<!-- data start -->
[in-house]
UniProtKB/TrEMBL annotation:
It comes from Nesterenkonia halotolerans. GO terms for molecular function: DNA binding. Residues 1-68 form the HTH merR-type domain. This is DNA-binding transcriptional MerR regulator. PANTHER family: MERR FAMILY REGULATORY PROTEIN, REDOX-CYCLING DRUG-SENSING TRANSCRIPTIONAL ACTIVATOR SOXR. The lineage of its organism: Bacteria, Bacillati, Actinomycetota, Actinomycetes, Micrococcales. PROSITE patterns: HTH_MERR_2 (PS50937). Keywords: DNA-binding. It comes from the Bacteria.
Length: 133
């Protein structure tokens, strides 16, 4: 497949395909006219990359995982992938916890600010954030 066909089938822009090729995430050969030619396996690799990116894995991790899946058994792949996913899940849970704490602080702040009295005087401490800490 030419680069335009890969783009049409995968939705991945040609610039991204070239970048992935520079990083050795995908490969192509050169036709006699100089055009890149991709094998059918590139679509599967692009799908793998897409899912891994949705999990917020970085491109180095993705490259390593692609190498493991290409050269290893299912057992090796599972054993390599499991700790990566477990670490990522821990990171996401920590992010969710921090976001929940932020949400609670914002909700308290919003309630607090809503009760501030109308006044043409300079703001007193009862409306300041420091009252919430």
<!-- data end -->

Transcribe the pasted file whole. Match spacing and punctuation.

[in-house]
UniProtKB/TrEMBL annotation:
It comes from Nesterenkonia halotolerans. GO terms for molecular function: DNA binding. Residues 1-68 form the HTH merR-type domain. This is DNA-binding transcriptional MerR regulator. PANTHER family: MERR FAMILY REGULATORY PROTEIN, REDOX-CYCLING DRUG-SENSING TRANSCRIPTIONAL ACTIVATOR SOXR. The lineage of its organism: Bacteria, Bacillati, Actinomycetota, Actinomycetes, Micrococcales. PROSITE patterns: HTH_MERR_2 (PS50937). Keywords: DNA-binding. It comes from the Bacteria.
Length: 133
């Protein structure tokens, strides 16, 4: 497949395909006219990359995982992938916890600010954030 066909089938822009090729995430050969030619396996690799990116894995991790899946058994792949996913899940849970704490602080702040009295005087401490800490 030419680069335009890969783009049409995968939705991945040609610039991204070239970048992935520079990083050795995908490969192509050169036709006699100089055009890149991709094998059918590139679509599967692009799908793998897409899912891994949705999990917020970085491109180095993705490259390593692609190498493991290409050269290893299912057992090796599972054993390599499991700790990566477990670490990522821990990171996401920590992010969710921090976001929940932020949400609670914002909700308290919003309630607090809503009760501030109308006044043409300079703001007193009862409306300041420091009252919430």